6. Vile Creature – Glory, Glory! Apathy Took Helm!
Vile Creature are another band I took a long overdue first dive into during 2020, and even in my limited experience this feels like their crowning achievement to date. They already had their suffocatingly heavy, tectonic doom groove nailed before this record, but the inclusion of choral vocals in the latter half and more guitar layers than you can shake a stick at lend this a much more majestic and even liturgical feel.
5. Grimes – Miss Anthropocene
Combining the more overtly pop-focused sounds of the still admittedly offbeat Art Angels album and reintroducing more of the trademark idiosyncrasies from her previous work, Grimes managed to put out one of her finest works whilst also taking up a lot of space in the music press for many reasons over the course of the year. The biggest bangers here have her cleanest production yet, but it’s all shot through with endearing darkness and a sense of the futility of fighting our technocratic future.
4. Kairon; IRSE! – Polysomn
Spoiler: the Oranssi Pazuzu camp really knocked it out of the park in 2020. Kairon; IRSE!, their prog/psych/shoegaze offshoot, seemed to come back to earth at least little bit after the exuberant 70s worship of their previous album. The heavier, more dense guitar layers from their earlier work are back, combining with some continuing joyful experimentation and a dizzying world of sound that is all their own.
3. Svalbard – When I Die, Will I Get Better?
Svalbard are another band I shamefully only paid proper attention to in 2020, despite having seen them live twice at festivals – I know, what was I thinking? Still based in the mixed hardcore, black metal and post metal elements they were already known for, this new album sees a marked increase in dreamy, melodic post rock passages a-la Alcest, which suits them perfectly and adds an almost regal quality to these already powerful songs. Add that to a reliably direct and wholly justified lyrical vitriol towards misogyny and other social injustice and you have a guaranteed winner that will get you riled for all the right reasons.
2. Oranssi Pazuzu – Mestarin Kynsi
A lot has been said about this album since it’s release, but it’s all true – it really is that good. They’ve pushed all their psychedelic and kraut-y tendencies to new extremes and their patented vortex of swirling black metal and bad trip vibes has never been so compelling.
1. Farer – Monad
A very late surprise discovery for me, thanks to a post from our friends at 9hz, I only listened to this album just before Christmas when I thought I had my list near completion. After two spins, however, this shook me to the core and felt custom made for me. With no guitars and two basses, this is a slow motion, molten creation of low-end rumble, filthy noise, and building-levelling riffs. Topped off with a harrowing shriek, it’s like someone injected Amenra with heroin and stole all their ‘clean’ channel switches. Utterly devastating and a new favourite band.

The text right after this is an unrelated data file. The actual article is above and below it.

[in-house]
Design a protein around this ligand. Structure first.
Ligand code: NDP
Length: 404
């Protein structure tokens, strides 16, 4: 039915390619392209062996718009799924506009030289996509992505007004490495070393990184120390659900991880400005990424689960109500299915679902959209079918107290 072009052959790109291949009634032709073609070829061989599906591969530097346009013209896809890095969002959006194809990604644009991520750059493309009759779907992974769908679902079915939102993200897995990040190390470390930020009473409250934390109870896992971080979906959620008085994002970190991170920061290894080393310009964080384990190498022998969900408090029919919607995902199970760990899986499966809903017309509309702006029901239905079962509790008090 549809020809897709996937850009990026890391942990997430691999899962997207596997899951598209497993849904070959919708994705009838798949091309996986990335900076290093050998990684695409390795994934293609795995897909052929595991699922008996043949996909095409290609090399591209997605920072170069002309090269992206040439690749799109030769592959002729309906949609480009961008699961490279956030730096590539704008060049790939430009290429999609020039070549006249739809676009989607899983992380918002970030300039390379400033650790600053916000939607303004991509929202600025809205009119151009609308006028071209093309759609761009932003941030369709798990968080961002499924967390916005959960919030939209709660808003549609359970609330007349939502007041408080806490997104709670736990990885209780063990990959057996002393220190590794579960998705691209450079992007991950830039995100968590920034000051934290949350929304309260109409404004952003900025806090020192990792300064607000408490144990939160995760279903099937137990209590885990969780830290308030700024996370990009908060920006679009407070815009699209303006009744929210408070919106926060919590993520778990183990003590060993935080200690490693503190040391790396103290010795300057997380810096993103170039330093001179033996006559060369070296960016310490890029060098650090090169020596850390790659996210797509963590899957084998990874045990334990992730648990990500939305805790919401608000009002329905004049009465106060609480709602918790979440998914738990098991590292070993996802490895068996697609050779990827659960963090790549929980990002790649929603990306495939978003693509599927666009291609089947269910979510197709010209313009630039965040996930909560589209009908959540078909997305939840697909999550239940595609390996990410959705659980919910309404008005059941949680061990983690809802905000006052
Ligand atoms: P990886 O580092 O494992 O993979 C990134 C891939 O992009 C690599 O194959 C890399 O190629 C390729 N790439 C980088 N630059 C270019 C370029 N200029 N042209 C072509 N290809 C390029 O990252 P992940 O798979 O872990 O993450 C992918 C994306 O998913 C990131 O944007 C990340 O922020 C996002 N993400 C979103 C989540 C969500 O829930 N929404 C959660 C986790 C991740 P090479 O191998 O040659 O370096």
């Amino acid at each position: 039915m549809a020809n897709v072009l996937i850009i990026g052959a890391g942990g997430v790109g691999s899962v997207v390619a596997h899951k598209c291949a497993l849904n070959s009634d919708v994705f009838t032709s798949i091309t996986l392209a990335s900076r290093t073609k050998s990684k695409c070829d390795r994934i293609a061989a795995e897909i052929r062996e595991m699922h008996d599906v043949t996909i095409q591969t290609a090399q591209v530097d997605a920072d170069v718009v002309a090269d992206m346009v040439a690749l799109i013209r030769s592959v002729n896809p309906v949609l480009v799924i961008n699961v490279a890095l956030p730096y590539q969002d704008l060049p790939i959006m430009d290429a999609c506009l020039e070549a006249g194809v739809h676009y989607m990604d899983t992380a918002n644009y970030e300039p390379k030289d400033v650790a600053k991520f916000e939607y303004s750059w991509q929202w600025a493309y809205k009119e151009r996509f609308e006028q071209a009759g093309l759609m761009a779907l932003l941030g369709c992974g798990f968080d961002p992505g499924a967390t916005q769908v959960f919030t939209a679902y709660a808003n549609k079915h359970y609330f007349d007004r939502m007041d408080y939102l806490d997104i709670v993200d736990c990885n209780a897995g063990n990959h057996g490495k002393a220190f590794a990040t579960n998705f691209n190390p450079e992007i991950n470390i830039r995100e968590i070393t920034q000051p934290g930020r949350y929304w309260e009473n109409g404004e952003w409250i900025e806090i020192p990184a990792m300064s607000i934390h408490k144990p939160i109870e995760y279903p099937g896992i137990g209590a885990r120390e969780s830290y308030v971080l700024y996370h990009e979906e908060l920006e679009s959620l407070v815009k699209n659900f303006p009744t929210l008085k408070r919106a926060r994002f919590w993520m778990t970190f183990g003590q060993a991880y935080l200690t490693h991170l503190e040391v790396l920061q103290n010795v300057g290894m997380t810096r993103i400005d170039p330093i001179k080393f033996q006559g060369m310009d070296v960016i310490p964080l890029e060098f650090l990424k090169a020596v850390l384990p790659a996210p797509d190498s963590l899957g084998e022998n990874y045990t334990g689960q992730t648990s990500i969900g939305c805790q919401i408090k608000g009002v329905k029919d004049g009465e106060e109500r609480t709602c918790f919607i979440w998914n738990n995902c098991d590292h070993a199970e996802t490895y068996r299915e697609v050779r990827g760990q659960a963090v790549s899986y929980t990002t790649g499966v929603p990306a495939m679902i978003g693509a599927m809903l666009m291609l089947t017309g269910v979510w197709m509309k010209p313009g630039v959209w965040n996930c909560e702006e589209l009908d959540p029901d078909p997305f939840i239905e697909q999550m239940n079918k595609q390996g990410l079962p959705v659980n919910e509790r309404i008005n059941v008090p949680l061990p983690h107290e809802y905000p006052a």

Luke – Drums
So my list might be a bit different to Nick and Richard’s because after going through my music I can only find 7 albums which I’ve listened to which came out this year, so clearly I need to up my game next year but I still probably won’t! I’ve given a nice big blurb for the top 3 and then a smaller bleugh for the other 4. ENJOY!
I do have a soft spot for Nightwish and orchestral music in general and this was their release this year. It doesn’t quite tickle the spot that Imaginareum, Dark Passion Play, or Endless Forms Most Beautiful did, but it is still a beautifully composed bit of orchestral metal.
6. Ensiferum – Thalassic
This is a great album which honestly I haven’t given the amount of time it deserves. Ensiferum have come back with an absolute belter of heavy, Finnish Folk metal.
5. Jack Gardiner – Escapades
Similar to Plini this is another vituosic guitar player writing groovy, funky, instrumental tracks which I am just totally down with.
4. Plini – Impulse Voices
This album is relatively new for me so I’m still absorbing it but Plini is just incredible and this album continues to prove it.
3. Arch Echo – Story I
Arch Echo also happen to be one of the last bands I saw live in the ‘before time’…. and over lockdown I even bagged myself a spot on one of the drummers masterclass sessions! But to get to the point: this EP is just what I’d expect from Arch Echo. Another amazing selection of instrumental, djenty, groovy, funky-ass tracks (not to be confused with funky ass-tracks). This band have never disappointed me since I discovered them at TechFest many years ago now and immediately fell in love with them. Their music, talent, joy, and energy is so palpable and I just can’t get enough of it.
2. Dirty Loops – Phoenix
Again, this band have come up for me in the Ba’al monthly musings very frequently, and deservingly. With this EP the trio yet again manage to blow my mind with musicianship and pure talent. In particular, the track “World on Fire” has what I would be confident to describe as the best bass solo I’ve ever heard in a song. But the other aspects of the music are by no means overshadowed by this, and they all pull together to create the incredible jazz, fusion, pop sound that just will not let you be sad!
1. Igorrr – Spirituality and Distortion
Honestly I’ve listened through this album so much and know it so well by now that I was shocked to be reminded that it only came out this March. I’ve also been blabbering on about it on the Ba’al Monthly listenings! But this album is such an amazing musical journey through varying tones, timbres, and time signatures. For me it contains some of the best elements of djent, orchestral, electronic, operatic, and progressive music in a continuously evolving and flowing masterpiece.